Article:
Fifteen years ago off the coast of Southern California, five men witnessed perhaps the most compelling account of anomalous aerial vehicles (Navy-speak for UFO). The Nimitz encounters, as the sightings became known, baffled the sailors aboard the USS Princeton and aviation experts alike.
Nimitz chases the “UFO”
A Tic Tac shaped aircraft evaded a series of F/A-18 Hornet interceptions over the next seven days. The crew’s radar was unable to obtain a ‘lock’ on the vehicle, and it would routinely zip in and out of sight as the Nimitz Carrier Strike Group tried to make sense of the phenomena. “I couldn’t make out details, but they’d just be hovering there, then all of a sudden, in an instant, they’d dart off to another direction and stop again,” said crew member Gary Voorhis of the encounter.
The vehicle’s movement astounded the Nimitz observers who could see its white body during the day and “phosphorus glow” at night. Its ability to easily outmaneuver the American aircraft indicated “advanced acceleration, aerodynamic, and propulsion capabilit[ies].” The pilots who chased the craft marveled at the amount of g-forces its movements would put on its occupants, at times making right-angle turns in midair. As they approached it, the vehicle disappeared in an instant, seemingly defying the laws of physics.
Years of Radio Silence from Pentagon and CIA
For the enlisted witnesses, what they saw was unlike anything they’d seen on Earth. Yet outside of the occasional leak, there was no word from the Pentagon or CIA on the encounters. But in 2017, the New York Times and To the Stars Academy of Arts and Science released three videos, including one of the alleged Nimitz encounter in 2004. Another similar physics-defying encounter in 2015 was captured on the corresponding videos.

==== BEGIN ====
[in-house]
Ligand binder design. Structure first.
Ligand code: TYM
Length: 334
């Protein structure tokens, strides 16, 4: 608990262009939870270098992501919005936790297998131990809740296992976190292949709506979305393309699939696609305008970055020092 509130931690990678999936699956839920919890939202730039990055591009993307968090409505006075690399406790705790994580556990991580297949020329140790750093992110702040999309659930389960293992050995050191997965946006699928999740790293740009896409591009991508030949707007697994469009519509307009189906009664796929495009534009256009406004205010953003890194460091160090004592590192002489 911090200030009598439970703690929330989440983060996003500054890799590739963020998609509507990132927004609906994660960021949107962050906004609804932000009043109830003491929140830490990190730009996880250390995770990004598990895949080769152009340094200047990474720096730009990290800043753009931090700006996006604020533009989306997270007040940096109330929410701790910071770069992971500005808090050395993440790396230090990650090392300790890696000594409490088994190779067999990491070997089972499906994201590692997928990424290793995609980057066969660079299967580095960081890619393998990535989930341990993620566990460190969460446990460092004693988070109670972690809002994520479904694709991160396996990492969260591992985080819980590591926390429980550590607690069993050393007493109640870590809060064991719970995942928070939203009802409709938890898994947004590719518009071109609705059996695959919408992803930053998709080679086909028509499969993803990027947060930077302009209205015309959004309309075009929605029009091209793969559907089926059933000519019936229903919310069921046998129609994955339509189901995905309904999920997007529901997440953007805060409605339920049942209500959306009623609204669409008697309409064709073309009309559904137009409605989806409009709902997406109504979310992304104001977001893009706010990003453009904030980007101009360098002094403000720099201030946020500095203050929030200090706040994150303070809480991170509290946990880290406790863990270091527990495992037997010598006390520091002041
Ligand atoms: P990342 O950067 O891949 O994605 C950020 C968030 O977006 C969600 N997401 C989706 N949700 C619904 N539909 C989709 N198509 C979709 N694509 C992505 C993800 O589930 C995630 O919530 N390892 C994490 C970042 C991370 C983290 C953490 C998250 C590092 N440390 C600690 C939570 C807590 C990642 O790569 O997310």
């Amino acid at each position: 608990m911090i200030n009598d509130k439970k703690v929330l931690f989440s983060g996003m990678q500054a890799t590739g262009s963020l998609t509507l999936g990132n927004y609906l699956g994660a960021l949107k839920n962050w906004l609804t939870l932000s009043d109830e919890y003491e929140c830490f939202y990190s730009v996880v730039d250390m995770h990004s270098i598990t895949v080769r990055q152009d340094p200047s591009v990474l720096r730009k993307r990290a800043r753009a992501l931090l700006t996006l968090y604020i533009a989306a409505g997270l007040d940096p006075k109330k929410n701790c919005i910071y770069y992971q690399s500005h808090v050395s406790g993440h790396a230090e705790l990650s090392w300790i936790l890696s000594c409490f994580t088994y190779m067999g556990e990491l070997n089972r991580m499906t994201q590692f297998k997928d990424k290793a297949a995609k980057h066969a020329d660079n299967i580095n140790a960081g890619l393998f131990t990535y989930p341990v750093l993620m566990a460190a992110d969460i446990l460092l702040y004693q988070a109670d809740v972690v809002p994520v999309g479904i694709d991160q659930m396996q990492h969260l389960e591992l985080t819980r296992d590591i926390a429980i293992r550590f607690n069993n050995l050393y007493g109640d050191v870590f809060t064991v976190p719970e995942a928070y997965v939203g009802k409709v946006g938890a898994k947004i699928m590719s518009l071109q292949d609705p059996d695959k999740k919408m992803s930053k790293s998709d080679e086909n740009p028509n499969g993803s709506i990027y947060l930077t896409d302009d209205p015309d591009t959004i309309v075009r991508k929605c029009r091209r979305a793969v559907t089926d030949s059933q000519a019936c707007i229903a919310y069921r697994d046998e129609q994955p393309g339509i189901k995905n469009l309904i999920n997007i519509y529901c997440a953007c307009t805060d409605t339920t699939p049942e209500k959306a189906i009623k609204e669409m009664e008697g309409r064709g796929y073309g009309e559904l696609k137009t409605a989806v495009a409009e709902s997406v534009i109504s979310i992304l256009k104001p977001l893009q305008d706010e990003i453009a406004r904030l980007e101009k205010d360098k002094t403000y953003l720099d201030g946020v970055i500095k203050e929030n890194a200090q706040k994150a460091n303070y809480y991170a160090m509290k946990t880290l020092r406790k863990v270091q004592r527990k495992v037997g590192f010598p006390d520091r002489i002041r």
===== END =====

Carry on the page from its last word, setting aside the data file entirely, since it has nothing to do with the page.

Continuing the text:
The Navy Speaks about the ufo reports
In a break from the DoD and CIA’s notorious silence on UFO reports, in 2019, the Navy admitted the legitimacy of the released videos. In an April 2020 release, the Pentagon went on to say that the phenomena observed in the videos remain ‘unidentified.’ The Department of Defense reportedly released the videos to “clear up any misconceptions by the public on whether or not the footage that has been circulating was real, or whether or not there is more to the videos.”
If there is more to the videos, perhaps there are reasons for the partial admittance. Pentagon spokesperson Sue Gogh said in the release that the videos “[do] not reveal any sensitive capabilities or systems, and does not impinge on any subsequent investigations of military air space incursions by unidentified aerial phenomena.” It should be noted that the Nimitz witnesses claimed to have seen a video around 8 to 10 minutes long—far exceeding the two-minute leak the Pentagon confirmed.
2020 Defense Budget Brings the Discussion Back
If the 2019 Navy admittance were the end of the story, then perhaps it would have simply fanned the flames of UFO speculation. But a look at the 2020 defense budget revealed that the Pentagon was continuing its Unidentified Aerial Phenomenon Task Force (UAPTA), which was believed to have been ended in 2012. Prominent Senators like Florida’s Marco Rubio wanted an answer. According to a recent Senate committee report, the once-covert task force agreed to release at least some of its findings to the public.
No longer is the point of contention the existence of unidentified flying objects—they’re out there—the question is, what are they? Senator Rubio suggests they could indicate a significant technological leap by a foreign nation like China or Russia. Astrophysicist Eric W. Davis, previously a consultant for the UAPTA, suggested something entirely different in his testimony to Congress: “off-world vehicles not made on this earth.”
Another Nation or Another Planet – Advanced Military Technology
It is possible (likely) that the task force’s findings aren’t made entirely available to the public, but they may have no conclusion to hide at all. After all, the sightings have evaded the most advanced military technology more than once before. Nevertheless, the timing of these public announcements is curious. The summer of 2020 will go down as perhaps the most frenzied and contentious in recent memory—to the conspiracy theorist, a prime time to make such a bombshell announcement. In any event, the confirmation of these other-worldly vehicles is a humbling impetus for American technological information.
The advanced capabilities of the vehicles in question appear to have even top U.S. officials searching for answers. Whether or not these aircraft are from another nation or another planet, their existence is cause for legitimate concern. Welcome to the back half of 2020.